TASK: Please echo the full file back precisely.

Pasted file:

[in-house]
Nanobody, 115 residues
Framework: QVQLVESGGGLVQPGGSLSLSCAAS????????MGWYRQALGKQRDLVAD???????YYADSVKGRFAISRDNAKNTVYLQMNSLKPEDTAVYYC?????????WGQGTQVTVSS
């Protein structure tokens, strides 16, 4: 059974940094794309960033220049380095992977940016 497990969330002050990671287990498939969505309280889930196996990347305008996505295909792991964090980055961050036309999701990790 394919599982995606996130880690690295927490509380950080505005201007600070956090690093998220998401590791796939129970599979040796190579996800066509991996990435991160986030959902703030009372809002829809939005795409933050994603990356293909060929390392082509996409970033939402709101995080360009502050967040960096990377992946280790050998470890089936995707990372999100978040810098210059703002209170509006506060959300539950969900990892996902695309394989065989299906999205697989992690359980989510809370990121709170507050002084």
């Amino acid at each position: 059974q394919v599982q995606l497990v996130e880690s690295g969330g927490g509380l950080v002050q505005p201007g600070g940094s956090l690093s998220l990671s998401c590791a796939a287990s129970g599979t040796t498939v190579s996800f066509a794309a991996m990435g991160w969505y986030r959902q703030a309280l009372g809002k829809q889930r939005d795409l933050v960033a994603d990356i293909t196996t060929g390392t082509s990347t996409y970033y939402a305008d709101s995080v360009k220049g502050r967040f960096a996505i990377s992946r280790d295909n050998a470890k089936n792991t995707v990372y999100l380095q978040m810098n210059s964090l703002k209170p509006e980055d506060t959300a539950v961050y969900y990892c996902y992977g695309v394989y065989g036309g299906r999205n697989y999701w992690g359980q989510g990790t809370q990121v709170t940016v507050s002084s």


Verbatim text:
[in-house]
Nanobody, 115 residues
Framework: QVQLVESGGGLVQPGGSLSLSCAAS????????MGWYRQALGKQRDLVAD???????YYADSVKGRFAISRDNAKNTVYLQMNSLKPEDTAVYYC?????????WGQGTQVTVSS
């Protein structure tokens, strides 16, 4: 059974940094794309960033220049380095992977940016 497990969330002050990671287990498939969505309280889930196996990347305008996505295909792991964090980055961050036309999701990790 394919599982995606996130880690690295927490509380950080505005201007600070956090690093998220998401590791796939129970599979040796190579996800066509991996990435991160986030959902703030009372809002829809939005795409933050994603990356293909060929390392082509996409970033939402709101995080360009502050967040960096990377992946280790050998470890089936995707990372999100978040810098210059703002209170509006506060959300539950969900990892996902695309394989065989299906999205697989992690359980989510809370990121709170507050002084």
């Amino acid at each position: 059974q394919v599982q995606l497990v996130e880690s690295g969330g927490g509380l950080v002050q505005p201007g600070g940094s956090l690093s998220l990671s998401c590791a796939a287990s129970g599979t040796t498939v190579s996800f066509a794309a991996m990435g991160w969505y986030r959902q703030a309280l009372g809002k829809q889930r939005d795409l933050v960033a994603d990356i293909t196996t060929g390392t082509s990347t996409y970033y939402a305008d709101s995080v360009k220049g502050r967040f960096a996505i990377s992946r280790d295909n050998a470890k089936n792991t995707v990372y999100l380095q978040m810098n210059s964090l703002k209170p509006e980055d506060t959300a539950v961050y969900y990892c996902y992977g695309v394989y065989g036309g299906r999205n697989y999701w992690g359980q989510g990790t809370q990121v709170t940016v507050s002084s």